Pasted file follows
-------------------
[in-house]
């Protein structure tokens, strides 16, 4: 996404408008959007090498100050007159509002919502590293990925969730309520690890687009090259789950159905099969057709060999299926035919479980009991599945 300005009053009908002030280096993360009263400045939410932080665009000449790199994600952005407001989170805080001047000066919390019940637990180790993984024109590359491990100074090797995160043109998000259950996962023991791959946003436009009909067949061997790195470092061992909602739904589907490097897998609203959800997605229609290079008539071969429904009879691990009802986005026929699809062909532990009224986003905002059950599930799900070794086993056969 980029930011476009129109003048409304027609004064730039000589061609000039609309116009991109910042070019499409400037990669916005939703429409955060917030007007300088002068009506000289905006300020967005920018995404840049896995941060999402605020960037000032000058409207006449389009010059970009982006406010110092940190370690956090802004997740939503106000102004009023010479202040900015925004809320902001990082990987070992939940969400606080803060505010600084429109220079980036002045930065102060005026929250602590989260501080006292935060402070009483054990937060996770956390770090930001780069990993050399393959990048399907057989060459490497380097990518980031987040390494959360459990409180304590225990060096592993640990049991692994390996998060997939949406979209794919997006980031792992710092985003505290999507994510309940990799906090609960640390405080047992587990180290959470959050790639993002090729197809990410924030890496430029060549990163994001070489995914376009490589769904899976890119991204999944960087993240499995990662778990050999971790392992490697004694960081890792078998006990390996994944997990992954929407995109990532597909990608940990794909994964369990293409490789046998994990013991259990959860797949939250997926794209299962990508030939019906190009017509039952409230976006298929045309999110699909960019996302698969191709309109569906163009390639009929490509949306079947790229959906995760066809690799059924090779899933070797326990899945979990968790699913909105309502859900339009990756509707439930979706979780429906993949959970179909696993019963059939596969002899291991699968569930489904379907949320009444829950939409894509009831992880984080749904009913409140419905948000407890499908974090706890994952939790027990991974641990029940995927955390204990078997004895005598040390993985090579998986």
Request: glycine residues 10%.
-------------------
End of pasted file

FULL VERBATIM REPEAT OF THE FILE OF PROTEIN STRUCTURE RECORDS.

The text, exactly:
[in-house]
């Protein structure tokens, strides 16, 4: 996404408008959007090498100050007159509002919502590293990925969730309520690890687009090259789950159905099969057709060999299926035919479980009991599945 300005009053009908002030280096993360009263400045939410932080665009000449790199994600952005407001989170805080001047000066919390019940637990180790993984024109590359491990100074090797995160043109998000259950996962023991791959946003436009009909067949061997790195470092061992909602739904589907490097897998609203959800997605229609290079008539071969429904009879691990009802986005026929699809062909532990009224986003905002059950599930799900070794086993056969 980029930011476009129109003048409304027609004064730039000589061609000039609309116009991109910042070019499409400037990669916005939703429409955060917030007007300088002068009506000289905006300020967005920018995404840049896995941060999402605020960037000032000058409207006449389009010059970009982006406010110092940190370690956090802004997740939503106000102004009023010479202040900015925004809320902001990082990987070992939940969400606080803060505010600084429109220079980036002045930065102060005026929250602590989260501080006292935060402070009483054990937060996770956390770090930001780069990993050399393959990048399907057989060459490497380097990518980031987040390494959360459990409180304590225990060096592993640990049991692994390996998060997939949406979209794919997006980031792992710092985003505290999507994510309940990799906090609960640390405080047992587990180290959470959050790639993002090729197809990410924030890496430029060549990163994001070489995914376009490589769904899976890119991204999944960087993240499995990662778990050999971790392992490697004694960081890792078998006990390996994944997990992954929407995109990532597909990608940990794909994964369990293409490789046998994990013991259990959860797949939250997926794209299962990508030939019906190009017509039952409230976006298929045309999110699909960019996302698969191709309109569906163009390639009929490509949306079947790229959906995760066809690799059924090779899933070797326990899945979990968790699913909105309502859900339009990756509707439930979706979780429906993949959970179909696993019963059939596969002899291991699968569930489904379907949320009444829950939409894509009831992880984080749904009913409140419905948000407890499908974090706890994952939790027990991974641990029940995927955390204990078997004895005598040390993985090579998986």
Request: glycine residues 10%.